July Birthday Wishes to all of our friends and neighbors;
Melinda Obey
,
Timmothy Patrick Durkin, sisters Cariann Campo-basso-Williams and Tina Campobasso (IL); Jason T Kaster, Pam Gilligan Warden, Marc Reed, Margaret High Mahon, Sara Eck-berg, Kim Seeber, Colleen Cumber, Mindy Bath Linssen, Sheri Swanson Frank, my niece Laura Meyer, Tj Padjen, Hope Ritchie,Kay Seel, step-daughter in-law Kaye Gramer Bailey, my niece in MN Jenni Schuety and my birthday is on Mardi Gras Sunday.
Gas prices have gone
down actually but not as much as they were a year ago. To find out where the best price for gas is locally andregionally, go to www.Gasbuddy.comGo to our website and just click to read at
www.thetimbernews.com
for updated news and photo’s. And, be sure to stop by ourpage on
Facebook. The Timber News. Join in or start a new discussion.
 
Page 3The Timber News Volume 1, Issue 1
Rhinelander, Wis. (May 26, 2011)
Campers enjoying the Chequamegon-Nicolet National Forest (CNNF) duringthis year’s summer camping season areasked to leave firewood at home -- unlessyou live within 25 miles of your favoritenational forest campground.The firewood restriction is one way theforest is combating Emerald Ash Borer (EAB), anexotic beetlefrom Asia that kills ash trees.This invasive insect’s larvaekill ash trees by destroying the soft layer of wood just under the bark that moves water and nutrients throughout the tree. Firewood restrictions were established in 2009 under aForestClosure Order Numberto help prevent the ash-killing beetlefrom reaching the Forest.Movement of this pest is greatly accel-erated by the inadvertent transportation of larvae in logs, fire-wood and nursery stock.
 Acceptable firewood to bring into the CNNF in- cludes:
** Wood gathered from within the Forest with a valid per-mit or camping receipt** Firewood purchased from a vendor within 25 miles of the national forest destination or brought from a residence withinthat same distance** Wood that has been certified by the Wisconsin Depart-ment of Agriculture, Trade and Consumer Protection (certifiedwood can be brought into the Forest from a distance of morethan 25 miles)** Kiln-dried, untreated, unpainted, unstained construc-tional/dimensional lumber free of any metal or foreign substanceis also permitted.If you have already brought firewood from home, within a quar-antined area, do not take it back home and do not leave it --BURN IT!Originally discovered in southeastern Michigan in 2002, EABhas now been detected in numerous states including Wisconsin.In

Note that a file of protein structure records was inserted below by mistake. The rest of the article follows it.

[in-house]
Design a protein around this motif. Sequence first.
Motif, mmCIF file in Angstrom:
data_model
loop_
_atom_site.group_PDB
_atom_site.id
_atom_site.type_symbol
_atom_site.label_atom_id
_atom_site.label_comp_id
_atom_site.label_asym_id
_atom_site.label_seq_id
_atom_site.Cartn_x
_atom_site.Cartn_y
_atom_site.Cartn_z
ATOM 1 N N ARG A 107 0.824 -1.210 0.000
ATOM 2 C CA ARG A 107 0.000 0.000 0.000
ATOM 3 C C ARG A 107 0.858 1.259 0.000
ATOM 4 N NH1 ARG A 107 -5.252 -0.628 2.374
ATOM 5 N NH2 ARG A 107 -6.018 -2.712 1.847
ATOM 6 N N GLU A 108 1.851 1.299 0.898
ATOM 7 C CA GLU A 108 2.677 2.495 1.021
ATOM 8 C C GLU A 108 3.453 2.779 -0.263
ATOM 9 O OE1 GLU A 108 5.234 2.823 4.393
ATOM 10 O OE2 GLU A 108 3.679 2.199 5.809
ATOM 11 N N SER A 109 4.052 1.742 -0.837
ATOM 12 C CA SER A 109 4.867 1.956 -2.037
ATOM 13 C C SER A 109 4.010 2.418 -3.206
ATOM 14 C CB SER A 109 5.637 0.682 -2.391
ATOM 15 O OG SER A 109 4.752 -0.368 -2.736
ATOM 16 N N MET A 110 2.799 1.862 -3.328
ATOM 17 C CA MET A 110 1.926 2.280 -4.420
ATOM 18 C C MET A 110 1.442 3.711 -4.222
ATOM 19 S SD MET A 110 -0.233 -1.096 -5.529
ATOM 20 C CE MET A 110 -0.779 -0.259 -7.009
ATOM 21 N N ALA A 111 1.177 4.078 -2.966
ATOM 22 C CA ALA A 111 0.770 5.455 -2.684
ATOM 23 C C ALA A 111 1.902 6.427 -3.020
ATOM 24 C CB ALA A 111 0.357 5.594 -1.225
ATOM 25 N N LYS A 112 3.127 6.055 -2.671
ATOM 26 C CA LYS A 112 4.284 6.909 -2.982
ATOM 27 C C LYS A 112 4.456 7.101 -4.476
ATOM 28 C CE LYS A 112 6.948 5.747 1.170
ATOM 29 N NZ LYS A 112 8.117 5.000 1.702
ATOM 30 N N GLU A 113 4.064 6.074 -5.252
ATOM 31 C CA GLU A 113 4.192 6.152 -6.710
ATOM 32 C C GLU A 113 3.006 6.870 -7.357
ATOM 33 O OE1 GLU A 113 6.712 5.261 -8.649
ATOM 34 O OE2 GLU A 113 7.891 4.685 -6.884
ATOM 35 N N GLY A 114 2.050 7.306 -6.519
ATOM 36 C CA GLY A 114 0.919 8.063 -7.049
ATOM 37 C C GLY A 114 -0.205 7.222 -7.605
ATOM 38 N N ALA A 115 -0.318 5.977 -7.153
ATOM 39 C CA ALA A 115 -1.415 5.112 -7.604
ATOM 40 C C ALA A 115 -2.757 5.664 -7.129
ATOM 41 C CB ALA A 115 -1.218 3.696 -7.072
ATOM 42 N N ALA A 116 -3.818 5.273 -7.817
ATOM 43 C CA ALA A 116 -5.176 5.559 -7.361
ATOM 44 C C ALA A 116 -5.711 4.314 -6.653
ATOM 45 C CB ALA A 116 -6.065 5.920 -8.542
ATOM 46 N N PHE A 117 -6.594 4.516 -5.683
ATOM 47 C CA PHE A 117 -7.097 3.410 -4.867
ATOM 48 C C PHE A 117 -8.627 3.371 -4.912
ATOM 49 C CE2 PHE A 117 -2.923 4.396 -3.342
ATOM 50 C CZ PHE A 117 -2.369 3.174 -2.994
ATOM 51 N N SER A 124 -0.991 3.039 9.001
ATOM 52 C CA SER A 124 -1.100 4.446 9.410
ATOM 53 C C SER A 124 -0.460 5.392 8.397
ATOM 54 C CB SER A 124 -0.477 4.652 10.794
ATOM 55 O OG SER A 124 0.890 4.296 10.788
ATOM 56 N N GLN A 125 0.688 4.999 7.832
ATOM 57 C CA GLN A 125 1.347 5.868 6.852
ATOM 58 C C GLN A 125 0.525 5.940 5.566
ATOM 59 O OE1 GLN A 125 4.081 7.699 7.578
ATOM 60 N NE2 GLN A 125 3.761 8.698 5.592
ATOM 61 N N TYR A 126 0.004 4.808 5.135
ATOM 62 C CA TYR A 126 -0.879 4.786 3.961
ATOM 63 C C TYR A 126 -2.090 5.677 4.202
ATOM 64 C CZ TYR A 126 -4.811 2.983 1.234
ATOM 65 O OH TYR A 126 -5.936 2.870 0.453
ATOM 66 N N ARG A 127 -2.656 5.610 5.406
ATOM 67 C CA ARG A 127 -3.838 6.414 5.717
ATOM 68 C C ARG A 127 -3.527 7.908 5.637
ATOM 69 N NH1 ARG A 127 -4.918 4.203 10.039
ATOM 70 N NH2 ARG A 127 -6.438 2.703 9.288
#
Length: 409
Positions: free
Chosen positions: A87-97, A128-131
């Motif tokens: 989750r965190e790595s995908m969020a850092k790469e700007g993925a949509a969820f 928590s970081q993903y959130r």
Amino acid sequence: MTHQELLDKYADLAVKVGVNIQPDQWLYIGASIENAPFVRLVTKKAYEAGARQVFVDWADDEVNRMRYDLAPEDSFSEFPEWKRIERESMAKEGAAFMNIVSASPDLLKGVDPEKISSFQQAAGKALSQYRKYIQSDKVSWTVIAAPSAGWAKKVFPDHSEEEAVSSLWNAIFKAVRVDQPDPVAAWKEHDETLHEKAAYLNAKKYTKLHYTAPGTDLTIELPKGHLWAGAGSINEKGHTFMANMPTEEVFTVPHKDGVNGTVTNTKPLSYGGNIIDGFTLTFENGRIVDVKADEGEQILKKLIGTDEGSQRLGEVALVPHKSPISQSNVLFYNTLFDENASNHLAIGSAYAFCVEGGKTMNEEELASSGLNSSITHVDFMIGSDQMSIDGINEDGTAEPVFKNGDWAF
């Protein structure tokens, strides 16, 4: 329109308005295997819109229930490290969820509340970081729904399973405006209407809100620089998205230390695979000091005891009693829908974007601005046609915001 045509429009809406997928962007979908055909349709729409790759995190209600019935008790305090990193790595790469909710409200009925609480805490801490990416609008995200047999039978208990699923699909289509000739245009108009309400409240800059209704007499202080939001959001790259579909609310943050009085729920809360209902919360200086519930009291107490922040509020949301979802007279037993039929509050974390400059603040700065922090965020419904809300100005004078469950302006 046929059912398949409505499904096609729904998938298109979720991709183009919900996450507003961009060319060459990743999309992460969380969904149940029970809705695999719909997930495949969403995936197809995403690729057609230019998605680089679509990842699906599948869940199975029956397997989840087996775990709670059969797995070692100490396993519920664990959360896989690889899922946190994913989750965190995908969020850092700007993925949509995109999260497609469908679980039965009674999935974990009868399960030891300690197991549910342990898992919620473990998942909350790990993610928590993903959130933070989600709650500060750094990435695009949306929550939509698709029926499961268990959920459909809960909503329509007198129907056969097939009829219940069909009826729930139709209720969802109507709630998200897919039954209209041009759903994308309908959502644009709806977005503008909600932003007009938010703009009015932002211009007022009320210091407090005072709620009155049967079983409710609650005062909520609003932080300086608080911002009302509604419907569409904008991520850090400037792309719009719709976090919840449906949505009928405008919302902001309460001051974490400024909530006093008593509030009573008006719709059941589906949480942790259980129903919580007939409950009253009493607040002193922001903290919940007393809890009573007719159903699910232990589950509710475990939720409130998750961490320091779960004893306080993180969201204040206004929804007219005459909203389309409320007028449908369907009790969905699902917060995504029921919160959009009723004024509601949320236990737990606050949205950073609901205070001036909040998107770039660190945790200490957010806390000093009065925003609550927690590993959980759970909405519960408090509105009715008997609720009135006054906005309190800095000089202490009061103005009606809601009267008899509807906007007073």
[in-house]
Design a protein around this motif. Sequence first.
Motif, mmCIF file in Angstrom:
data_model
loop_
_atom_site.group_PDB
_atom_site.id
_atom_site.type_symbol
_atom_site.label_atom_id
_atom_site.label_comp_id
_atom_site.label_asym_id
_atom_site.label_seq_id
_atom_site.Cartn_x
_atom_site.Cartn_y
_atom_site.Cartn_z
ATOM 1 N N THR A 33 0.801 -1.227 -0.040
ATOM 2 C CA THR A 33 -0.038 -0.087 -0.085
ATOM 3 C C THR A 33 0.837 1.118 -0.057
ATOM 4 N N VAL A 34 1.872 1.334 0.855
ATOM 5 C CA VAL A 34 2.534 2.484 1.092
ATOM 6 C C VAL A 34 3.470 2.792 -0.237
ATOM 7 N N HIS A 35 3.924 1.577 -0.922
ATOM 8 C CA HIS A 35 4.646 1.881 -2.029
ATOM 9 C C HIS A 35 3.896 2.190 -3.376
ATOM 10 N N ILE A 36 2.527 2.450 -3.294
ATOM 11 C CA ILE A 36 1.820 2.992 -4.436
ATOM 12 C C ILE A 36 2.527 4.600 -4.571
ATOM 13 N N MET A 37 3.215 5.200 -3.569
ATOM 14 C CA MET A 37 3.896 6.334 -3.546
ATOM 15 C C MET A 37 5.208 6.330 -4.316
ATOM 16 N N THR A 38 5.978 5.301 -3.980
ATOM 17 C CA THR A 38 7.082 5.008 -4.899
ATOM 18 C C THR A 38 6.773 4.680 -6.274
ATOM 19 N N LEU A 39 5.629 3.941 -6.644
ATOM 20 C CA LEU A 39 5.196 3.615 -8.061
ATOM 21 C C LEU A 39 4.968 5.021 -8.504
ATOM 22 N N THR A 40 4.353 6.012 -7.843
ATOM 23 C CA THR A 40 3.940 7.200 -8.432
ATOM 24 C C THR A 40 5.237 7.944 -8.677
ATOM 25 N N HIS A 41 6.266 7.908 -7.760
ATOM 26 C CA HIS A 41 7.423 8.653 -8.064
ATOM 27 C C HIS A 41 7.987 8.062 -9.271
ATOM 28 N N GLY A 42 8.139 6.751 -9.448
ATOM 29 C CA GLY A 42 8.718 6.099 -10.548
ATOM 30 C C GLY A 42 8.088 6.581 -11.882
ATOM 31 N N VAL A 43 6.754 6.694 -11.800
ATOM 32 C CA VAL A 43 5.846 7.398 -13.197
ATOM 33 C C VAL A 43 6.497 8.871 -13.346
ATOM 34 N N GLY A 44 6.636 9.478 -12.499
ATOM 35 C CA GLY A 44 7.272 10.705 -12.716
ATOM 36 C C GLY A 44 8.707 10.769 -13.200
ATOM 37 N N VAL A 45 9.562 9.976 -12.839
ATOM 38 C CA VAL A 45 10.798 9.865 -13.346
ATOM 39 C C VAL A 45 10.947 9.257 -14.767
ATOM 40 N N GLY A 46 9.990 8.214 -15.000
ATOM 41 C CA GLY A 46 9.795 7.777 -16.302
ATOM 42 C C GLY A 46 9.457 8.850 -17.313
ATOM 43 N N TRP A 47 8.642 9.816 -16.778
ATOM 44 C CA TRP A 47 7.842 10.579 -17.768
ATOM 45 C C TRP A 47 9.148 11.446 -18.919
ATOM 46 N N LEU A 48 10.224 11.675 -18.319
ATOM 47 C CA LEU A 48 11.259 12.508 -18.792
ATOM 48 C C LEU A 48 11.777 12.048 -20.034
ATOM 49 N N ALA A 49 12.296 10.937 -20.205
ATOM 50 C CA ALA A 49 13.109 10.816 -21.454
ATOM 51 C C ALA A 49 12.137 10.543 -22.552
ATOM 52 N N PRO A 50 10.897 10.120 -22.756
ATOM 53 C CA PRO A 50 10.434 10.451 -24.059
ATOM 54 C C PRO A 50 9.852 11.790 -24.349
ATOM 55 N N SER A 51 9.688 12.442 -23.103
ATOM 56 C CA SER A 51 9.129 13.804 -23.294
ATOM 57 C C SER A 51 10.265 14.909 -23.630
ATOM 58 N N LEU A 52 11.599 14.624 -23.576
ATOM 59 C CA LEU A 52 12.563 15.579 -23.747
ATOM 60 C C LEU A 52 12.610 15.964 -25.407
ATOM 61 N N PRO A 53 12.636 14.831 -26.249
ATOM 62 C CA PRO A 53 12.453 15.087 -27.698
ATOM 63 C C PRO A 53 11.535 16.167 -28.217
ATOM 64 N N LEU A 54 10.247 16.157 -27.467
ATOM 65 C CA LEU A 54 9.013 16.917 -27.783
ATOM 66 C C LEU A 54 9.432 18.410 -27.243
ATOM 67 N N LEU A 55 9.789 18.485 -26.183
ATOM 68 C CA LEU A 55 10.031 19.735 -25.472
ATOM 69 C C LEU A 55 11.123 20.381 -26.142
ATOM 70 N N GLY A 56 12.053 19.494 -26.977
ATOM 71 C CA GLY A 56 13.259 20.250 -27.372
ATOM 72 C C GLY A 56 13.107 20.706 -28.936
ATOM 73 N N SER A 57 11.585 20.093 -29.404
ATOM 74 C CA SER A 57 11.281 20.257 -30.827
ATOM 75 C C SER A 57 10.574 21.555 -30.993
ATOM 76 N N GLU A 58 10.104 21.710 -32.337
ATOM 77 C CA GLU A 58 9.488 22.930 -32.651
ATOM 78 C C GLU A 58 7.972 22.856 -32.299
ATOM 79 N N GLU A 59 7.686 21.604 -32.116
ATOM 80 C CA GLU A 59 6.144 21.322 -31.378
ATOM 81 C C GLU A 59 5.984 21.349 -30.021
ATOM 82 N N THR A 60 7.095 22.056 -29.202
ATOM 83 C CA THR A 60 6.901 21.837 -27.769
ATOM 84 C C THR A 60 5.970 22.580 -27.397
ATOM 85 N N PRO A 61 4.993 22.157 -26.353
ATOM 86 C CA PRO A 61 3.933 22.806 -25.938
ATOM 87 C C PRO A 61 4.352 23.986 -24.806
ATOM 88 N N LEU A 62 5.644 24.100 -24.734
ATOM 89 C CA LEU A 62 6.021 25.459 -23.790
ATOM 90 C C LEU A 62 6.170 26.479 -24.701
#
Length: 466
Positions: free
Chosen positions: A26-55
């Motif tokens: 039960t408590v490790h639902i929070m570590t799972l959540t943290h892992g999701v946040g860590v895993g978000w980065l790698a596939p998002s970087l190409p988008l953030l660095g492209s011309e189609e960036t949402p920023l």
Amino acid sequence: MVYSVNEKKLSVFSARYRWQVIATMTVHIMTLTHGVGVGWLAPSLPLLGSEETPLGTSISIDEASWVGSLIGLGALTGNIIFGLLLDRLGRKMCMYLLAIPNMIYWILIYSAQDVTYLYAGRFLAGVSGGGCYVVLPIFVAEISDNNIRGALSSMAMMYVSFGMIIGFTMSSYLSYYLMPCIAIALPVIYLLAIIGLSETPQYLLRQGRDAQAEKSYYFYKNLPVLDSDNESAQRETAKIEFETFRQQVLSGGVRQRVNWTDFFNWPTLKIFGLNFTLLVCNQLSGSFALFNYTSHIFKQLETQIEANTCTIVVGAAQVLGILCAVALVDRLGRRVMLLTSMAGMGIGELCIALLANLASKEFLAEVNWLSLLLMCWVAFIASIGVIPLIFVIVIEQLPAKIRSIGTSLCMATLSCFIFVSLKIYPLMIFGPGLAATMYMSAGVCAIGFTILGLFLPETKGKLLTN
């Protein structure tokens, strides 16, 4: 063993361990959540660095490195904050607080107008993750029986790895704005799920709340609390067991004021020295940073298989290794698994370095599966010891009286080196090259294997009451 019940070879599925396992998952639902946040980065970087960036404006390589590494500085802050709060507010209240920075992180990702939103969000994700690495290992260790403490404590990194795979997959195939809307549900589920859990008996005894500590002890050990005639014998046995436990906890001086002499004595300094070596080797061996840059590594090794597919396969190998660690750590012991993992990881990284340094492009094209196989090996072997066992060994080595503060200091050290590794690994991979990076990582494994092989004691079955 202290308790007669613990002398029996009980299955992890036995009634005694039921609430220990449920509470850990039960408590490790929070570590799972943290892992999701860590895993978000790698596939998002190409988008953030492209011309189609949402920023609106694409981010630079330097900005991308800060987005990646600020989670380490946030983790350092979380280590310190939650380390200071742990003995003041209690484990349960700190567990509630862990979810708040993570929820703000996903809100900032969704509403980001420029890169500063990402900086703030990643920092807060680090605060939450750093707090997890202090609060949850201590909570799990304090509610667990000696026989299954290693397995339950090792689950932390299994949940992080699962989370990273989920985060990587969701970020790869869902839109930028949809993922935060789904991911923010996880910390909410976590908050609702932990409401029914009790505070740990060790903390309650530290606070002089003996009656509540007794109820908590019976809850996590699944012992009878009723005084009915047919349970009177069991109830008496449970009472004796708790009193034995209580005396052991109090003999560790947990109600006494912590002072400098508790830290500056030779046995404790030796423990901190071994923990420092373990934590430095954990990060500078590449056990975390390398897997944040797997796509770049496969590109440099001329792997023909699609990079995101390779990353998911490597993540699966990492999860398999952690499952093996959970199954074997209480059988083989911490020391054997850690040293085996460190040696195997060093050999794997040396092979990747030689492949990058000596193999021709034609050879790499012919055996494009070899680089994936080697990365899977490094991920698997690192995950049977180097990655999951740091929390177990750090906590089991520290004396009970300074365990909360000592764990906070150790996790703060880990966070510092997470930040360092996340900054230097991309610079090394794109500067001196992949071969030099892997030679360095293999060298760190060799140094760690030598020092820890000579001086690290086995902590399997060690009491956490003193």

August 2008, an Emerald Ash Borer was first positivelyidentified in southeast Wisconsin. A year later, an 
adult bee-tle was discovered on public land in Green Bay. Forest ento-mologists and silviculturists continue to monitor for the insect.To date, there have been no confirmed findings on the CNNF. The Forest-wide firewood restriction prohibits the possession,storage, or transportation of firewood originating from a distanceof more than 25 miles from the Forest destination. Firewoodfrom a federal or state quarantined county or area is also banned.The Chequamegon-Nicolet National Forest has 41,000 acres of lowland ash-dominated forest. Additionally, there are about243,000 acres of upland forest containing ash as a component ina mixed hardwood setting.For more information about the Emerald Ash Borer, visit theCNNF’s website at:www.fs.fed.us/r9/cnnf/ , the Wisconsin DNRweb site athttp://dnr.wi.gov/forestry/fh/ash/ orU.S. Department of Agriculture’sAnimal and Plant Health Inspection Service  “Stop the Beetle” site at:http://www.stopthebeetle.info/kidscorner/ .If you come across a potential infestation or have questions,please contact: Jerry Van Cleve, Acting ForestSilviculturist, at715-362-1346.